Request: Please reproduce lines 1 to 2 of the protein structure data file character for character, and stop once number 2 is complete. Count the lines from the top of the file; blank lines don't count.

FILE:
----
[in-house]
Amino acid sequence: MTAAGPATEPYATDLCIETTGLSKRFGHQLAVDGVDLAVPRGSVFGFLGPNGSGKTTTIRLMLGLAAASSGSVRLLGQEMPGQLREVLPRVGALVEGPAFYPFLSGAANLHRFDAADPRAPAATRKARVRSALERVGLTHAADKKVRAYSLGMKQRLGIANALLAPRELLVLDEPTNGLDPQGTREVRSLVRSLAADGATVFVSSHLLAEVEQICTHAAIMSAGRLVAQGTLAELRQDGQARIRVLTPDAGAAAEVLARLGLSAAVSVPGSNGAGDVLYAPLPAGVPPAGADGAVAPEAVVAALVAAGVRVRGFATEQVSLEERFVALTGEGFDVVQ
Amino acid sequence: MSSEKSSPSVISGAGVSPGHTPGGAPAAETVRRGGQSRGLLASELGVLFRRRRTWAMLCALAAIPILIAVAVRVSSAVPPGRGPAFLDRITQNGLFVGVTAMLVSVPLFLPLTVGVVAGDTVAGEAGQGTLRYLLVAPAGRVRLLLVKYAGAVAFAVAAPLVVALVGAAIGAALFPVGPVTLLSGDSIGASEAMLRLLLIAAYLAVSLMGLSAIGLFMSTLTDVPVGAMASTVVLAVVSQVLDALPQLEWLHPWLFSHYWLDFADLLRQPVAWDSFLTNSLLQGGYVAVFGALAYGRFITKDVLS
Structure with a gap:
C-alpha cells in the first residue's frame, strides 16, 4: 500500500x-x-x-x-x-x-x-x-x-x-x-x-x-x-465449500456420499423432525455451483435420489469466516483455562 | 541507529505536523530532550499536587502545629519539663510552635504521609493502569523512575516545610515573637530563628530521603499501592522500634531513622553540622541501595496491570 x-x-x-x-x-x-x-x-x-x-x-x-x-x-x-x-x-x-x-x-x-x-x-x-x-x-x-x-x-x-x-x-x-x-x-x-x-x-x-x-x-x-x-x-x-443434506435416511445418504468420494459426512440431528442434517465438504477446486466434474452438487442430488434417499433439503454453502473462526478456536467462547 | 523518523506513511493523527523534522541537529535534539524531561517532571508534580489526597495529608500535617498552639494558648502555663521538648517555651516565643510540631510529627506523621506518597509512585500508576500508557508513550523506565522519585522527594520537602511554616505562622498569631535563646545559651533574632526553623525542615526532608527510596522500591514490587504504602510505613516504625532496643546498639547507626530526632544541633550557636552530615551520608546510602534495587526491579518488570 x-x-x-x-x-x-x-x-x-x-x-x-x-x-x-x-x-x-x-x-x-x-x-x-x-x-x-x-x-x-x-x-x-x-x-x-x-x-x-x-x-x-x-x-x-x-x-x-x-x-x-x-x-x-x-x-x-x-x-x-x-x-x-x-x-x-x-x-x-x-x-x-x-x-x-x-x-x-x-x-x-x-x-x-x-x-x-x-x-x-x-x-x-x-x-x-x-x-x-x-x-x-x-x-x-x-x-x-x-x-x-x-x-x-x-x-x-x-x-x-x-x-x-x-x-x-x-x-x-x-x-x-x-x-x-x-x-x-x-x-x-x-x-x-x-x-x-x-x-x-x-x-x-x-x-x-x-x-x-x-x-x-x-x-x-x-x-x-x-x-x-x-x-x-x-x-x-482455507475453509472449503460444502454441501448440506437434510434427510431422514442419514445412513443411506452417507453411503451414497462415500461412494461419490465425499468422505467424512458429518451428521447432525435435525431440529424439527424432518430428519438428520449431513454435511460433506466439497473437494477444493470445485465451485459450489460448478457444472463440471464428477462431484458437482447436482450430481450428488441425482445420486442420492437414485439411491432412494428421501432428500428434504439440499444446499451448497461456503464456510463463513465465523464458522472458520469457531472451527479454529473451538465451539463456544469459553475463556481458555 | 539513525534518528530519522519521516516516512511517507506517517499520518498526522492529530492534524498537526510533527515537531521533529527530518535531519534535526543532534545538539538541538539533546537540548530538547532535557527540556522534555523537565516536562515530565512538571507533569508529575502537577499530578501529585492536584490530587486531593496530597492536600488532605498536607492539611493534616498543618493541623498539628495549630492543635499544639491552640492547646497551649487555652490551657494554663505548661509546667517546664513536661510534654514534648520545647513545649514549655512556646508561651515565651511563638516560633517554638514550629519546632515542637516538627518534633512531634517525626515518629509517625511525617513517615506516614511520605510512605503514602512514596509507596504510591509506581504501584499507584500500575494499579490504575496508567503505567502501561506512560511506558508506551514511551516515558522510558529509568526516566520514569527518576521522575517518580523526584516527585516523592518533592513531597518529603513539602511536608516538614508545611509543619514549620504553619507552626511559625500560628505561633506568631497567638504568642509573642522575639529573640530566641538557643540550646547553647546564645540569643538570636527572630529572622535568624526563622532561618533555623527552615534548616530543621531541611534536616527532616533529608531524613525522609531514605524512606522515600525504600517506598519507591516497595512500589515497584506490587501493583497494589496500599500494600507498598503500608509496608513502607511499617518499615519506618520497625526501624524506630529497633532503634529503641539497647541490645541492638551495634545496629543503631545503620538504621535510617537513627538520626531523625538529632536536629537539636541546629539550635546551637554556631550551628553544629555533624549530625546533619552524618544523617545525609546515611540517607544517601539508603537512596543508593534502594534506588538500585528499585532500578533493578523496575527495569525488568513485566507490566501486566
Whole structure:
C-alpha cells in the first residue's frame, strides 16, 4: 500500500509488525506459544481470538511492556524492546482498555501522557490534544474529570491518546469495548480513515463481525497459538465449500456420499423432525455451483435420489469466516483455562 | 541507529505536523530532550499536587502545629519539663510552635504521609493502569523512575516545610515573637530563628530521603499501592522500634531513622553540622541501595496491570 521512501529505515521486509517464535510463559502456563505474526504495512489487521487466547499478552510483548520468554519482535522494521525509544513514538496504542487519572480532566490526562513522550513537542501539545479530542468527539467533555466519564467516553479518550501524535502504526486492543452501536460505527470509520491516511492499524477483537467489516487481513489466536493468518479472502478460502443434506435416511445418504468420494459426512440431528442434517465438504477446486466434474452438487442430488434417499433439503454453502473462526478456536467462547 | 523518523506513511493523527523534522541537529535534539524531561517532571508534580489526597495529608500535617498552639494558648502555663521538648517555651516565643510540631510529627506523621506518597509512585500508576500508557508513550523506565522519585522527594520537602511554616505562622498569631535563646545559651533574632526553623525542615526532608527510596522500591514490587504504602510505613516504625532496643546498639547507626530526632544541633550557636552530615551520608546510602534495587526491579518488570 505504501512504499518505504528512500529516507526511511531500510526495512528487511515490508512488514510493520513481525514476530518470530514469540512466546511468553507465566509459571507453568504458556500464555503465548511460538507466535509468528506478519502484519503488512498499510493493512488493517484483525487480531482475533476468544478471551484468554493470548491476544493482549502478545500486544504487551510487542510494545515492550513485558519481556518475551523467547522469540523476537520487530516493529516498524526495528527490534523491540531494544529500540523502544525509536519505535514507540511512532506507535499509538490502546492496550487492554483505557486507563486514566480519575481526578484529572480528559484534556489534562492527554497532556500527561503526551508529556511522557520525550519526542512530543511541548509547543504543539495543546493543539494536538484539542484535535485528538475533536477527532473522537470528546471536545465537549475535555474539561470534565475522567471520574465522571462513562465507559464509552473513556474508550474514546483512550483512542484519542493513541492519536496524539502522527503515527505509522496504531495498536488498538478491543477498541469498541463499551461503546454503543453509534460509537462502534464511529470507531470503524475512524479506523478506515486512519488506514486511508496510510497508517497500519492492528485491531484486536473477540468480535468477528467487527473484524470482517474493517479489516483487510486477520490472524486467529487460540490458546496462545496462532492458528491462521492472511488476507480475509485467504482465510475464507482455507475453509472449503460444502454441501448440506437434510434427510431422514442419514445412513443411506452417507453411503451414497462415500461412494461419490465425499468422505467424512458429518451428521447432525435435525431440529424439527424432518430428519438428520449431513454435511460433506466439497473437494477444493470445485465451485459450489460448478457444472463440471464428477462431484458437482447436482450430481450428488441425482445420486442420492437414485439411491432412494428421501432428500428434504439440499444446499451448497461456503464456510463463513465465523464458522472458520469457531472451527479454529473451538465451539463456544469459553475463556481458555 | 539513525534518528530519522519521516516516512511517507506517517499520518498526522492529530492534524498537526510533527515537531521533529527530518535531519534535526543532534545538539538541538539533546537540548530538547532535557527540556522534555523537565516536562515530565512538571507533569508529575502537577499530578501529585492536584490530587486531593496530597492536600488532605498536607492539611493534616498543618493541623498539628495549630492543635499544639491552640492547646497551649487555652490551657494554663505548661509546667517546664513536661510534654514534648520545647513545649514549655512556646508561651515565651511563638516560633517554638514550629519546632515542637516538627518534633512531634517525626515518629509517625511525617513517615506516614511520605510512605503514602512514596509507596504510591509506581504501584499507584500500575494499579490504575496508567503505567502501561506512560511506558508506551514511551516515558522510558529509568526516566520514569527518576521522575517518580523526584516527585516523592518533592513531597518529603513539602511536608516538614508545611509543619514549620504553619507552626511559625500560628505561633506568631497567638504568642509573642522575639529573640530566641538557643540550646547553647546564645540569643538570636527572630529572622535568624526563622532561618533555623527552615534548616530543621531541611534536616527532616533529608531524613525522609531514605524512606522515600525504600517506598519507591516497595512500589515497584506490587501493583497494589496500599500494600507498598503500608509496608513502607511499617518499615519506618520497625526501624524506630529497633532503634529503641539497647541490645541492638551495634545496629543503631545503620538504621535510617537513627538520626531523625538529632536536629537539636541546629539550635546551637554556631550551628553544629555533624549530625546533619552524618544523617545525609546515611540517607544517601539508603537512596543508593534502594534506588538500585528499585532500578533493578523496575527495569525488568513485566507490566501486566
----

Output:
[in-house]
Amino acid sequence: MTAAGPATEPYATDLCIETTGLSKRFGHQLAVDGVDLAVPRGSVFGFLGPNGSGKTTTIRLMLGLAAASSGSVRLLGQEMPGQLREVLPRVGALVEGPAFYPFLSGAANLHRFDAADPRAPAATRKARVRSALERVGLTHAADKKVRAYSLGMKQRLGIANALLAPRELLVLDEPTNGLDPQGTREVRSLVRSLAADGATVFVSSHLLAEVEQICTHAAIMSAGRLVAQGTLAELRQDGQARIRVLTPDAGAAAEVLARLGLSAAVSVPGSNGAGDVLYAPLPAGVPPAGADGAVAPEAVVAALVAAGVRVRGFATEQVSLEERFVALTGEGFDVVQ